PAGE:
The first step is to conduct a Tax Risk Review. This will help identify the strengths and weaknesses of your current tax risk management set up. Using established tools for identifying the tax risks relevant to your business helps to build a clear methodology for your tax risk framework which those in your business and HMRC will understand. An essential part of your tax risk review is to assess the current state of your tax operations – a maturity assessment to help identify key risk areas to focus upon to grow and build your tax control and tax risk management framework. The best methodologies identify risks in a way that allows you to track them, for example using a tax risk register and/or Enterprise Risk Management Software.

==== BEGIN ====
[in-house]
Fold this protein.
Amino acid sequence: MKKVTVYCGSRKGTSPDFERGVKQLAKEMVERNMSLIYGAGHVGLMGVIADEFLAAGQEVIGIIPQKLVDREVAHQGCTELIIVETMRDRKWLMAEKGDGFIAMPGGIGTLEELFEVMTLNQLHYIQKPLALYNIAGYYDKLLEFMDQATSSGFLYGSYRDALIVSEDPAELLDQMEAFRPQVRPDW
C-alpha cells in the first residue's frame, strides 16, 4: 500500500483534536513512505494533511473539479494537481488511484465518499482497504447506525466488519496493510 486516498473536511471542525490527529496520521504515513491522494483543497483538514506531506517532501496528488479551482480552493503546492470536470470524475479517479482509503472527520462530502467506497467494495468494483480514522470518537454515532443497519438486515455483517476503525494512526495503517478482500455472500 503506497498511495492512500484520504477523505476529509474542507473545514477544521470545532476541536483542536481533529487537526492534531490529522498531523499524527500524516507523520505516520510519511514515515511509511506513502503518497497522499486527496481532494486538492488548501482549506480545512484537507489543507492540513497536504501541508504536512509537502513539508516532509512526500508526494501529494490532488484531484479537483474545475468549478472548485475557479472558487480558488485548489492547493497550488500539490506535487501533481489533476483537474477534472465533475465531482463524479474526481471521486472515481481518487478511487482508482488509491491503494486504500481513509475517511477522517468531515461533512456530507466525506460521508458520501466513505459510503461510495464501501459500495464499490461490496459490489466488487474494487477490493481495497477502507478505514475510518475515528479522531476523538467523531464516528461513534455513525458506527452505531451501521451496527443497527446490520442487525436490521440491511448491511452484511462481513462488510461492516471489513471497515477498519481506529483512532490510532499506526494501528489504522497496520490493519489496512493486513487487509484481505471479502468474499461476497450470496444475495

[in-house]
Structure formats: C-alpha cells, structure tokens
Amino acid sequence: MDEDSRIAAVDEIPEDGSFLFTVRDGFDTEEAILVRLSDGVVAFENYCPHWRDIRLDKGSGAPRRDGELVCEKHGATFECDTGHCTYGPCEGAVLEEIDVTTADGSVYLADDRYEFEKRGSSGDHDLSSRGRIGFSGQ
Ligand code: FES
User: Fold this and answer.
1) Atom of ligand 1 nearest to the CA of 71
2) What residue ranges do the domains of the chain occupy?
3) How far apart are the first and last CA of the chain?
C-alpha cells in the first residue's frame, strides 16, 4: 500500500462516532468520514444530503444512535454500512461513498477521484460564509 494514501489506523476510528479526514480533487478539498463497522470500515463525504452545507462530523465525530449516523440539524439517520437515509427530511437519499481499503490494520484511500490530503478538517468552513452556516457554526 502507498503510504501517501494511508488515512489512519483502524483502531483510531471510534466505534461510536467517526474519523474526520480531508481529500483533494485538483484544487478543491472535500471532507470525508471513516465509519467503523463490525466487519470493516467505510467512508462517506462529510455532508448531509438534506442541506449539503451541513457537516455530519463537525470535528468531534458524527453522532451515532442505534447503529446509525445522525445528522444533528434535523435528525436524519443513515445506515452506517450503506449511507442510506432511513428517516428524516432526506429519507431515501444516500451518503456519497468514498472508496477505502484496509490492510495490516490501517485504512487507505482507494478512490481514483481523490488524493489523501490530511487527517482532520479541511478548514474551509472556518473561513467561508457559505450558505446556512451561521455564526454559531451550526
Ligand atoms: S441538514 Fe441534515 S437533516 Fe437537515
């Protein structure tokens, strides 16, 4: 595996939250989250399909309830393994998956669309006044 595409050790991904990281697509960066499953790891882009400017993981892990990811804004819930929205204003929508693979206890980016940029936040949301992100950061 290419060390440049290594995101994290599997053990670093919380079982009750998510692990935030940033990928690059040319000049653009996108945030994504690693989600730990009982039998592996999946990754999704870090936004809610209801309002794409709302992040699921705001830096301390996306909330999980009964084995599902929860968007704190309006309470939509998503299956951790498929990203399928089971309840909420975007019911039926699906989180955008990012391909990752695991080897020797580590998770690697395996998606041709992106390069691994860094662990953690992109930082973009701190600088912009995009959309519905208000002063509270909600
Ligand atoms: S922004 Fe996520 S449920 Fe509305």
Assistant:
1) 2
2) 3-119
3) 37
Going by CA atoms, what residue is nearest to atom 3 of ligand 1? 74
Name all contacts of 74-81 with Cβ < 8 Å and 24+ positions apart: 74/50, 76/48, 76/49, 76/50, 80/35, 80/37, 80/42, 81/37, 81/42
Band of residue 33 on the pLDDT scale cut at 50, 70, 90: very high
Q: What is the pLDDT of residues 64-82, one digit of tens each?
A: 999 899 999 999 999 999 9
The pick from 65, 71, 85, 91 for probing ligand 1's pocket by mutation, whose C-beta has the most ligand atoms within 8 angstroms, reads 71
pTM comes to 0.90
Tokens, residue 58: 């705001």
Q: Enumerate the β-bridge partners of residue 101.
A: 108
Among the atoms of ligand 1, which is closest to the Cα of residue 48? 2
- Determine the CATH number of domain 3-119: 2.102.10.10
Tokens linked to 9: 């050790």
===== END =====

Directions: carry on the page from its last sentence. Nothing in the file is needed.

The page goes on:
Consider the following questions:

  • How is tax risk currently identified, assessed and escalated?
  • Is there an existing global tax risk register? How is this maintained?
  • What concerns do your senior management have in terms of your main tax risk areas?
  • What are your ‘known knowns’ and are there any ‘unknown unknowns‘?
  • Are these risks consistent on a global basis? 
  • Are there jurisdictions/business units where tax risk is concern because you have less confidence or visibility?
  • Can jurisdictions/business units be placed into tiers based on their risk profiles?
  • Are tax accountabilities and responsibilities clearly defined?

BDO’s Tax operations maturity model tool

A simple to use diagnostic tool based on established international principles to assess the relative maturity of your tax operations, your tax governance, and your underlying control framework. 
Price starts at £950.

Find out more


Step 2: Assess the risks identified and remediate any high risks